It IS All About the Bass — Reflections of a Baby Elder

Sometime during the last year, young friends began asking me if we could get together and “talk.” Not just talk. “Talk.” They came to me with big questions. They asked me for stories about my experience. It slowly began to dawn on me that they were coming to me for….wisdom. Holy cow.

My immediate response was to send them along to someone wiser and more mature than me. Even so, the very act of their asking held up a mirror to a new and astonishing truth: I am becoming a baby elder.

One of my friends and wise teachers, Angeles Arrien, talked about how long it takes to become a true elder. In one of her last interviews before her death in 2014, she told the interviewer she wasn’t “old enough” to write her memoirs in her 70’s. In many of the indigenous cultures she studied over her long career as a cultural anthropologist, people didn’t really mature into elderhood until they were at least 90.

I’m only in my mid-fifties now, so I’ve got a few decades before I consider myself fully cooked as an elder. Even so, I feel called to show up for these young adults who come to me with their questions, stories, doubts, and dreams.

Mostly I listen to these young ones and ask good questions. I offer some stories about what I’ve learned from being alive. Sometimes I talk about singing jazz as a great metaphor for – as linguist and author Mary Catherine Bateson so beautifully put it – “Composing a Life.”

When I first starting singing solo in public, I did so as a jazz singer. My first piano player gave me strict instructions not to listen to what he was doing. He told me to listen to the bass. That way I’d always know where I was in the song. During that time I also learned how to improvise – how to make stuff up within the structure of a song. Those experiences provided the core metaphor for how I have lived my life ever since.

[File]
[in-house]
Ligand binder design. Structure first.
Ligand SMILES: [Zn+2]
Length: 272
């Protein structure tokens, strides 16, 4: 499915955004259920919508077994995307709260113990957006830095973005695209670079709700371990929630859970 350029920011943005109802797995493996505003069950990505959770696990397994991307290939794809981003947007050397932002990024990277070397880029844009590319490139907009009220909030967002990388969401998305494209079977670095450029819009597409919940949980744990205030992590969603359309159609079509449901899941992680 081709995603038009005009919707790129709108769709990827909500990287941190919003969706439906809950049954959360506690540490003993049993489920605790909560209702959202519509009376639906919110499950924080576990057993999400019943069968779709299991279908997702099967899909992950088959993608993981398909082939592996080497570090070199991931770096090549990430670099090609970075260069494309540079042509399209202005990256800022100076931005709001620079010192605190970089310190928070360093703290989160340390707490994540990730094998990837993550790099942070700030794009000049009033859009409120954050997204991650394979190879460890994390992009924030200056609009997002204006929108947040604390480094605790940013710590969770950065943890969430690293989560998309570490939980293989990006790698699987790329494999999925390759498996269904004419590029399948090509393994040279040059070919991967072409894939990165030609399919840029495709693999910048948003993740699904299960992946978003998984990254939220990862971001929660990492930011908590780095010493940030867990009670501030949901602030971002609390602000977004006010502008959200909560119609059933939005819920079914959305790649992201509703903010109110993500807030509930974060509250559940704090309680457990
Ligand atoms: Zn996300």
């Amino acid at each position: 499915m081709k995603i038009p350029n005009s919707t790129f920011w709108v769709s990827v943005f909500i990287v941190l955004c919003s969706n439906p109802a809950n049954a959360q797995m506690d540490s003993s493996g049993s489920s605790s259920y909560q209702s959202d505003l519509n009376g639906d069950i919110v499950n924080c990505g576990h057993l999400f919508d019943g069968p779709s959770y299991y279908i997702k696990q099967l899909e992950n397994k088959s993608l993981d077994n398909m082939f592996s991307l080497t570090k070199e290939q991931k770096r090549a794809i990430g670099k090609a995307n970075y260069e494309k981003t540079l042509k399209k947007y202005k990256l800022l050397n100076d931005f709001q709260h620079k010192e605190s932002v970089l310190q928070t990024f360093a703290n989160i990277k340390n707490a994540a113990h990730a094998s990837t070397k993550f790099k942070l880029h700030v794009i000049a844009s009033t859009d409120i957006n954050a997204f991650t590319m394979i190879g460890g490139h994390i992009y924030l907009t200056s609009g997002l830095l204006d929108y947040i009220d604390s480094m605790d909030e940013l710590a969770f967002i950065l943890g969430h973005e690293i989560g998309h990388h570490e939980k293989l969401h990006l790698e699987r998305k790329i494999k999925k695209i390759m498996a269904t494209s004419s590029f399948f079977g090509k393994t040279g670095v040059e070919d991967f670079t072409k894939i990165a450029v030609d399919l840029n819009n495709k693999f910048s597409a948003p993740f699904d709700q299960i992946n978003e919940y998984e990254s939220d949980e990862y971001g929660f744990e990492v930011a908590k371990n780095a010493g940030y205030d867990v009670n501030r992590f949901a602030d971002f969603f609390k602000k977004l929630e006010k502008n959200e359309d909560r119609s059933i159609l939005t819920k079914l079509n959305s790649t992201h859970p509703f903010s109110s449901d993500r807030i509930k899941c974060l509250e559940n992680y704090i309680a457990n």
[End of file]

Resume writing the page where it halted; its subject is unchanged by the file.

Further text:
The “bass line” of our lives is made up of recurring and deep themes – the things that keep catching our attention over and over again, the values that are unshakable. A good life is made up of listening for that bass line and then just taking a breath and improvising over it. The cardinal rules for improvising work well for living as well:

Get to know the underlying structure of the song.
Keep moving.
If you screw up, just keep going until your find your way to the other side.
No do-overs.
Listen to the whole ensemble.
Be generous with your band mates…make them look good.
Trust your instincts.
Be brave.
Keep your sense of humor.

I tell my young friends that you don’t have to know exactly what you’re doing as you do it. Just keep listening, breathing, and experimenting. And even in the middle of the uncertainty, do all you can to make something beautiful.




About Barbara McAfee

Barbara is a voice coach, singer/songwriter, keynote speaker, and author who merges lessons from 12 years in organization development with the transformational power of sound. Her book, Full Voice: The Art & Practice of Vocal Presence (Berrett-Koehler Publishers) was a #1 Amazon bestseller in Business Communication. The book is based on her 25 years as a voice coach, supporting people from many professions in learning how to access the full power and expression of the voice in service to their work and relationships. Barbara’s musical keynotes blend practical content, sophisticated humor, and thought-provoking questions on topics including voice, leadership, and engagement. She was “the band” for Margaret Wheatley’s Women’s Leadership Revival Tour, which visited 15 North American cities. She also appears with authors Parker Palmer and Peter Block. Barbara has produced seven CD's of mostly original music and is founder of the Morning Star Singers, a volunteer hospice choir in the Twin Cities. She lives across the street from the Mississippi River in Minneapolis, Minnesota, USA.
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3 Responses to It IS All About the Bass — Reflections of a Baby Elder

  1. vnarula says:


    I am starting to sing…kirtan! Maybe I should get some voice lessons from you in 2016? Whats your schedule?

    Happy New Year Wise Soul!

    Sent from my iPhone


    • Hi Friend! I’d so love to work with you and your lovely voice! Come on down! Lots of choices in the coming weeks…..
      Best to connect via email from here on out.

  2. Love the idea of a Baby Elder.

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